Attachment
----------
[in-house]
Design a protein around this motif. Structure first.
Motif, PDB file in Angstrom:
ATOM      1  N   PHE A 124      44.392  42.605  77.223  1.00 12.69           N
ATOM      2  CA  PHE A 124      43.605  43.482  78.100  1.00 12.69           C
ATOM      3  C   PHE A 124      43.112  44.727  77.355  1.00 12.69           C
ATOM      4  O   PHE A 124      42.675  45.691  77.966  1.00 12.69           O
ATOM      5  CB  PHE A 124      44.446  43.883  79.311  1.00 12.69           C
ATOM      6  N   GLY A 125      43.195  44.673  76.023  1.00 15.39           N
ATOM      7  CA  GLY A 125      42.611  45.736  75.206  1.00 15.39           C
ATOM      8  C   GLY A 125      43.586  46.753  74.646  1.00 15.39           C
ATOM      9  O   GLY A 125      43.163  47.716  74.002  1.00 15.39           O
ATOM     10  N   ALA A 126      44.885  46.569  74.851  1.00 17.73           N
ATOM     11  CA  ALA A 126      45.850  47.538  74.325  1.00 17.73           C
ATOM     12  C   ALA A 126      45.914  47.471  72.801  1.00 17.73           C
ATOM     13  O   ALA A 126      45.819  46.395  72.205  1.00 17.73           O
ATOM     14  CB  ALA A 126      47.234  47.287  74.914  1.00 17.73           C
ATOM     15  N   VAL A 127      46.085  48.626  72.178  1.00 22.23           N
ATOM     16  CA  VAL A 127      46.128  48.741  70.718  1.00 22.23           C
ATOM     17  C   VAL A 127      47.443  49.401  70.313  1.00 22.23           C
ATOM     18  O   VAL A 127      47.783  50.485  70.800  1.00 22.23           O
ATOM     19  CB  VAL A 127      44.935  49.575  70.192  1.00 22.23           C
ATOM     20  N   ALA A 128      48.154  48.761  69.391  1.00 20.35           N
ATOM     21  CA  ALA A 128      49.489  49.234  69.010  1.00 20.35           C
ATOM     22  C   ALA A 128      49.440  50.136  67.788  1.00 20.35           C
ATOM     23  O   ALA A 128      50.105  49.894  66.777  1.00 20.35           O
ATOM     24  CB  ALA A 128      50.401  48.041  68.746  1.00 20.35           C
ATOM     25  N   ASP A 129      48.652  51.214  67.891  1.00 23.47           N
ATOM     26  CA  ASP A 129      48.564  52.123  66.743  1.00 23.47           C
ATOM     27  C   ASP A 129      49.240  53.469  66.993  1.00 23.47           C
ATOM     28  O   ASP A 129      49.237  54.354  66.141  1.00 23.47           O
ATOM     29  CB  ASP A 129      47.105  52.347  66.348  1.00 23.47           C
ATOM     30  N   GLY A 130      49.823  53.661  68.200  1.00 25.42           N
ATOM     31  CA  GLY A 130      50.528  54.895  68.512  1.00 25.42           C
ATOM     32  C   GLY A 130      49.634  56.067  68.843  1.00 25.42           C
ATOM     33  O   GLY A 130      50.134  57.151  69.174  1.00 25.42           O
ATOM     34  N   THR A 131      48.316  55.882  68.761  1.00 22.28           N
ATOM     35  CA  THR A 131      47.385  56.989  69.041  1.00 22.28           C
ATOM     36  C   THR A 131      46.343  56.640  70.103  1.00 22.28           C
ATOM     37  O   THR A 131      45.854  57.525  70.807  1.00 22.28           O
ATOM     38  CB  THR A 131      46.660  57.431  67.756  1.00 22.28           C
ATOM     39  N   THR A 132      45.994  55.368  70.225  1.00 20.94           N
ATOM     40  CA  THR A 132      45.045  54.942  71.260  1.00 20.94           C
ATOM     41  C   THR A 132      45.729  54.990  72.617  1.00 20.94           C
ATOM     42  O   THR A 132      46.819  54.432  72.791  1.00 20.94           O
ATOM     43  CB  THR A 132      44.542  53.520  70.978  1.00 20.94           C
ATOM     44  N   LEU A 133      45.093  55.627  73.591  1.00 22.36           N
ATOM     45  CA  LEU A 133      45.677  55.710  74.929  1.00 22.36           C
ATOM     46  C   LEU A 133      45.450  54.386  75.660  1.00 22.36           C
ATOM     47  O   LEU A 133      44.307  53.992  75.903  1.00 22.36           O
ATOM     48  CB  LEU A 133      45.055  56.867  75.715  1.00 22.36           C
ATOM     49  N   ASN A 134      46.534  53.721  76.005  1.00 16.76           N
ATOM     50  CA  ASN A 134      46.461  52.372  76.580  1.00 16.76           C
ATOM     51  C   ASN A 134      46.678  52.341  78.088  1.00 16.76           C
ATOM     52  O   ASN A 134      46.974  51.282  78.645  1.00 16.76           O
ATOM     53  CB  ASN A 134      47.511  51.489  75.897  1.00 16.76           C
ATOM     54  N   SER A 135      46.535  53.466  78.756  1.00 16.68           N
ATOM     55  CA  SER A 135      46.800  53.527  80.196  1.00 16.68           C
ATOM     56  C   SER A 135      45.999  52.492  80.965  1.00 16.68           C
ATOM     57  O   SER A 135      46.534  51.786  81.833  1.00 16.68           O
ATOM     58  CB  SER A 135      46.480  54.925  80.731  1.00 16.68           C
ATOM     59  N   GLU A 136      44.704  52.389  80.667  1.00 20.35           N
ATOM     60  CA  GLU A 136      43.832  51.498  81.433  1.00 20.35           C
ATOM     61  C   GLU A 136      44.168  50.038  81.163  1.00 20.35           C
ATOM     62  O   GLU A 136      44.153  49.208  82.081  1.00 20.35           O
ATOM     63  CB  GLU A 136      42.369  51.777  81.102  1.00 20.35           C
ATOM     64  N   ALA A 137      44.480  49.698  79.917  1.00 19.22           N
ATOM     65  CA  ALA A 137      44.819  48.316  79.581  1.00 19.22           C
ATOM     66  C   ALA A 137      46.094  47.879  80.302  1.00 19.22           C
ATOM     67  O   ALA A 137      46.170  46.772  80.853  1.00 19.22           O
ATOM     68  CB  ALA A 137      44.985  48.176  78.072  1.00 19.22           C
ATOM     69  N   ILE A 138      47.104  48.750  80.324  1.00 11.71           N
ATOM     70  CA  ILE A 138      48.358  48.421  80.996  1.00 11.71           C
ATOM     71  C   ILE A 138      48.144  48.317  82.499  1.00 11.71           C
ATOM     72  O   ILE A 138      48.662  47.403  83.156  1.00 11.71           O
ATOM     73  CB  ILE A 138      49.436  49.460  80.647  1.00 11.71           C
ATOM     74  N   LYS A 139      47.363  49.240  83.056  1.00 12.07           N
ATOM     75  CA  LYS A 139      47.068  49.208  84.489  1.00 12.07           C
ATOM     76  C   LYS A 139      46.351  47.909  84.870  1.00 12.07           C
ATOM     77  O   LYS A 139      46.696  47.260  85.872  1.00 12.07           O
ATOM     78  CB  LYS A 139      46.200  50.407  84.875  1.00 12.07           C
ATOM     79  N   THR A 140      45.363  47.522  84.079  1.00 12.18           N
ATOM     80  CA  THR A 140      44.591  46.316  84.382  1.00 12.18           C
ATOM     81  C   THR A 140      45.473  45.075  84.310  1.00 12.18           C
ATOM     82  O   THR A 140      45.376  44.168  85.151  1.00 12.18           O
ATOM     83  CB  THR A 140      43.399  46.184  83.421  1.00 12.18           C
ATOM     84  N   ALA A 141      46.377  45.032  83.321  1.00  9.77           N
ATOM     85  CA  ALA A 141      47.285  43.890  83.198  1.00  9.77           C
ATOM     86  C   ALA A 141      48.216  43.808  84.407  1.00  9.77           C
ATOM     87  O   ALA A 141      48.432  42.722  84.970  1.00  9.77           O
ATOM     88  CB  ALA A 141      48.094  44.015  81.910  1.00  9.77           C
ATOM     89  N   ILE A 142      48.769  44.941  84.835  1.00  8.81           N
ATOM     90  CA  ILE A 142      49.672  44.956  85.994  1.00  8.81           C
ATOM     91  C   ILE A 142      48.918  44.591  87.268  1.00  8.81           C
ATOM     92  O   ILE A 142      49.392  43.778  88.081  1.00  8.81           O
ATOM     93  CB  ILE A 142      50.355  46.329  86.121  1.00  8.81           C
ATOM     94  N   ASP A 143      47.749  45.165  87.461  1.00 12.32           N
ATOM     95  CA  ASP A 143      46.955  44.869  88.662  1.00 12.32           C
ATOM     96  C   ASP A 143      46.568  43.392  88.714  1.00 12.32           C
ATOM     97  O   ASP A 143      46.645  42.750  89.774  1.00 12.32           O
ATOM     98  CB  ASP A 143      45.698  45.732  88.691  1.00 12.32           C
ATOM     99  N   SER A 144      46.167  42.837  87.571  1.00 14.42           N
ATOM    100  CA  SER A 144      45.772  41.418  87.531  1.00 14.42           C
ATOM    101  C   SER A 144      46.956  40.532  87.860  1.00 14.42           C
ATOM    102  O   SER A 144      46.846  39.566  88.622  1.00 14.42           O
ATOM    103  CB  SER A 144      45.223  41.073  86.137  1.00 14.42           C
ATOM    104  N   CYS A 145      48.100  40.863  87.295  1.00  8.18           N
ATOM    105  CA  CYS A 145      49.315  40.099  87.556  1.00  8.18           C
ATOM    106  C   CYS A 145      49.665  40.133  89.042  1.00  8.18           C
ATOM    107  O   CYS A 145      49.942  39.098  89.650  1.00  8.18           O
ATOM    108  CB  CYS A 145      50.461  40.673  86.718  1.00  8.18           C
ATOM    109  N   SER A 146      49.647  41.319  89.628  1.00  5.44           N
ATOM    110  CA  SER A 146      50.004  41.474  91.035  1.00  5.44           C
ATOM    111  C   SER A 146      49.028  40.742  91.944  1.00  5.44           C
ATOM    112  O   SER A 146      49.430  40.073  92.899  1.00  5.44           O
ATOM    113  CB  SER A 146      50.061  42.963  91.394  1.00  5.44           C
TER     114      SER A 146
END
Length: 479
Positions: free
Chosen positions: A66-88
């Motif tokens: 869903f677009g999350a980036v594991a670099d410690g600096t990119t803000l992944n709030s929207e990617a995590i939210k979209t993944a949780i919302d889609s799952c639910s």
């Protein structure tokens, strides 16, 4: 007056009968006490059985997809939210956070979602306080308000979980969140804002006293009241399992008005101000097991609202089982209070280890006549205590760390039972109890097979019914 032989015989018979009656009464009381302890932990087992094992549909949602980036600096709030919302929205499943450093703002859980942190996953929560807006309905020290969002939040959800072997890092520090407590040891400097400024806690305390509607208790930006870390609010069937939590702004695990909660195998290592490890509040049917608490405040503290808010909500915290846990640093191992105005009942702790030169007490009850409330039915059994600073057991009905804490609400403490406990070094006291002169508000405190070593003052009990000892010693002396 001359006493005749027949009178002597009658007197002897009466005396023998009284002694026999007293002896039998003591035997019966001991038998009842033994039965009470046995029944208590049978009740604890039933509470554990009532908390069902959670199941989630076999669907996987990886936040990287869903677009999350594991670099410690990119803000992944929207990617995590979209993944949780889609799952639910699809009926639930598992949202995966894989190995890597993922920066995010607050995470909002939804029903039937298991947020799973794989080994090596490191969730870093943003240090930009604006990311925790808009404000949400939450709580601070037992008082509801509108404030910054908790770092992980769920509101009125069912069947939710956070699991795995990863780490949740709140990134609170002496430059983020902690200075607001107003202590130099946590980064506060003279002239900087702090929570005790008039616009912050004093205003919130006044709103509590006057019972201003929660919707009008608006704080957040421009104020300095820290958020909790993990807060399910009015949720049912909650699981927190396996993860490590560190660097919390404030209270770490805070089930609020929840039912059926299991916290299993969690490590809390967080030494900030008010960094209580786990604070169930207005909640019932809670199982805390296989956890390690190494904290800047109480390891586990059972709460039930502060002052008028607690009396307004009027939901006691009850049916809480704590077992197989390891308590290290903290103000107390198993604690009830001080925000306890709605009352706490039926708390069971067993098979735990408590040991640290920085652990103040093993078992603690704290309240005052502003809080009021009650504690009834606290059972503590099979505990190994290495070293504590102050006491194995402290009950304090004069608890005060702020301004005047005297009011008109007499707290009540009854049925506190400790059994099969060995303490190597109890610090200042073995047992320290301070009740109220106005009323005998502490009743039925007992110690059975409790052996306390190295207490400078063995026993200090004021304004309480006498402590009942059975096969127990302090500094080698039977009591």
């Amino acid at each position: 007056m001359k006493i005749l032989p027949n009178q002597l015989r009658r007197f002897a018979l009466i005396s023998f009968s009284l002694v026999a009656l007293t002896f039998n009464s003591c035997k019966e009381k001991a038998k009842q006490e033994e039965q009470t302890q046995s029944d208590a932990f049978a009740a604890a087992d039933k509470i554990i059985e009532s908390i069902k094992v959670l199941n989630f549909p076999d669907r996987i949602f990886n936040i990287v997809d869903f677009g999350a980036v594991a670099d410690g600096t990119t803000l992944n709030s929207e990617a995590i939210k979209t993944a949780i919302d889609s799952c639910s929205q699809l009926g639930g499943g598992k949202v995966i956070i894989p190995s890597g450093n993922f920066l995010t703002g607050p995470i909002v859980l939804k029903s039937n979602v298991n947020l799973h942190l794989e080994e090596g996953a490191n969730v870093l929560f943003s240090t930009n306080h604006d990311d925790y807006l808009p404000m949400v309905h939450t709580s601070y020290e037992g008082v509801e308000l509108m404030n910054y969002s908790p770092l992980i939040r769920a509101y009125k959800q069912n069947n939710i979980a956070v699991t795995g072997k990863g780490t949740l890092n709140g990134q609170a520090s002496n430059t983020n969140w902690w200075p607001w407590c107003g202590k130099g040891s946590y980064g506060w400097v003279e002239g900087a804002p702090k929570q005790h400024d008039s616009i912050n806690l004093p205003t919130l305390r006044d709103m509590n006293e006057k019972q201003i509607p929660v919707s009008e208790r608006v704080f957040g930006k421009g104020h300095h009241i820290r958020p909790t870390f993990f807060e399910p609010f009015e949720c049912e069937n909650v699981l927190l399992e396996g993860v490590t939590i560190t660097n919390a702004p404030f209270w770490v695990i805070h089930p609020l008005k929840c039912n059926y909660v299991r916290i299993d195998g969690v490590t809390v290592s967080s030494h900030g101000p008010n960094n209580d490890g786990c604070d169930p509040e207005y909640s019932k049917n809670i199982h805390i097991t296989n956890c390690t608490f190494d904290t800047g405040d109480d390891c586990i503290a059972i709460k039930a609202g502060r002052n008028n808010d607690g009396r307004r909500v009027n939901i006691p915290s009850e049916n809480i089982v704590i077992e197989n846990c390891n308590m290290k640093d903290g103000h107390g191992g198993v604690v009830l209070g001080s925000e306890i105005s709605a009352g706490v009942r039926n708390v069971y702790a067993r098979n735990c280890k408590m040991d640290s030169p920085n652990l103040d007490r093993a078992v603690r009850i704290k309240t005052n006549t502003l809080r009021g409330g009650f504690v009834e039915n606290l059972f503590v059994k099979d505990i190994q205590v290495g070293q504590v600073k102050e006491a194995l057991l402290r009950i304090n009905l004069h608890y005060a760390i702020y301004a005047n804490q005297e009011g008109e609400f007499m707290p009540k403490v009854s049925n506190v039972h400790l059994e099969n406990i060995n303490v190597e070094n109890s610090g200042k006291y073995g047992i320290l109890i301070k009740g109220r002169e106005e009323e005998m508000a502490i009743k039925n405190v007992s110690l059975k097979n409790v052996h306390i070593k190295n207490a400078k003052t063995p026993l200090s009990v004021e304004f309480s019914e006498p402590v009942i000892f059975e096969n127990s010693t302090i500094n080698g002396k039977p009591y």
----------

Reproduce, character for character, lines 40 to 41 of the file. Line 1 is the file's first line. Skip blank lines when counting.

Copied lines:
ATOM     37  O   THR A 131      45.854  57.525  70.807  1.00 22.28           O
ATOM     38  CB  THR A 131      46.660  57.431  67.756  1.00 22.28           C